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Os bispos açorianos no Oriente português

Os bispos açorianos no Oriente português

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Azorean bishops were chosen by Portugal as most convenient or appropriate intermediaries for the spiritual colonialism. Whites and with no other language and culture than Portuguese, they were considered more reliable to handle the souls of the Asians. Even when dozens of Goan native clerics were consecrated bishops to take charge of various dioceses of India, Azoreans were still preferred pastors in the Portuguese colonial empire till the very end.
Azorean bishops were chosen by Portugal as most convenient or appropriate intermediaries for the spiritual colonialism. Whites and with no other language and culture than Portuguese, they were considered more reliable to handle the souls of the Asians. Even when dozens of Goan native clerics were consecrated bishops to take charge of various dioceses of India, Azoreans were still preferred pastors in the Portuguese colonial empire till the very end.

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Published by: Teotonio R. de Souza on Jan 29, 2009
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01/30/2014

 
The Socio-Cultural Perspective in ISIPH Seminars: Assessing 25 Years of Performance
1
 Indo-Portuguese Históry: Global Trends,
[Proceedings of XI-Seminar on Indo-Portuguese History,Goa, 21-23 Sept. 2003]
Eds Fátima da Silva Gracias, Celsa Pinto, Charles J BorgesGoa, 2005, pp. 31-57The Socio-Cultural Perspective in ISIPH Seminars:Assessing 25 years of Peformance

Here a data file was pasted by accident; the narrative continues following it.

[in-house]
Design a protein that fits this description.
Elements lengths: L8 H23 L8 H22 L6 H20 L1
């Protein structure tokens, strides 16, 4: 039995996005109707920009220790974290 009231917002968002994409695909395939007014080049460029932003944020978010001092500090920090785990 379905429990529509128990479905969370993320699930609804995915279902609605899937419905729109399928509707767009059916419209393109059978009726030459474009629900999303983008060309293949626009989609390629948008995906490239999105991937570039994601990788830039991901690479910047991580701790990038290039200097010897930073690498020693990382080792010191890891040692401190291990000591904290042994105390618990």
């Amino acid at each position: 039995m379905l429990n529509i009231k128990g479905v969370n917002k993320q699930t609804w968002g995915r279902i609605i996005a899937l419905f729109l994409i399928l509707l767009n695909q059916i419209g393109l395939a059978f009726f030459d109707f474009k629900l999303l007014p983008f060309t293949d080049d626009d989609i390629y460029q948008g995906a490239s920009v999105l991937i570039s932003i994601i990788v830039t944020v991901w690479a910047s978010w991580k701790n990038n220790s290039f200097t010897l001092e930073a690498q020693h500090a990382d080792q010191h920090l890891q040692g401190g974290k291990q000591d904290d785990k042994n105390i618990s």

— 
 
Teotónio R. de Souza
 I have the privileged but also the daunting task of presenting an assessment of theperformance of the ISIPH seminars during the past ten sessions along the past 25 years from asocio-cultural perspective. My two distinguished colleagues and long-term associates in this projectof ISIPH seminars, Prof. K.S. Mathew and Prof. Artur Teodoro de Matos, are presenting their ownassessments from other perspectives. Whatever the shortcomings, there is little doubt that what hasbeen achieved over two and half decades is remarkable. It is a great achievement to see a group likeours, so diverse in its composition and with no dearth of conflicting interests and personalitiesamong us, survive 25 years of a solid collaboration and output. Hence, rather than finding faultswith our past performance, I shall rather try to present my conceptual understanding of socio-cultural perspective and leave it to each and all to find out what we may have missed and where wecould improve. In the second part of my presentation I shall try to work out a case-study as anillustration of my conceptual model.
 
Teotónio R. de Souza
2
Part IUnderstanding Socio-Cultural Perspective
 
To define my understanding of 
socio-cultural perspective
I have taken the cue from areport entitled
Para Abrir as Ciências Sociais
[To Open the Social Sciences], published in Lisbon in1996 by a Gulbenkian Committee for Res-structuring the Social Sciences in the new millennium.The Committee was constituted in 1993, consisting of eleven scholars of great repute, coveringvarious areas of knowledge and various nationalities. It was headed by Immanuel Wallerstein. Thereport surveys the evolution over time of social sciences as autonomous disciplines. It points to anongoing struggle among scholars on three fronts, namely intellectual, ideological and political, inorder to sustain the claims for objectivity and universality. This on-going conflict among the socialscientists is explained as motivated by concrete historical situations which are always characterisedby specific social systems, based on institutions and practices which are historical, and therefore,transient or contingent. As opposed to natural sciences [which till recent times and before the
concept of ―the arrow
 
of time‖ was grasped ], despite the attempts of social sciences to imitate them
to reach universally valid conclusions, it was increasingly realised that the object of social sciencesincluded the researchers themselves. There were thus constant questioni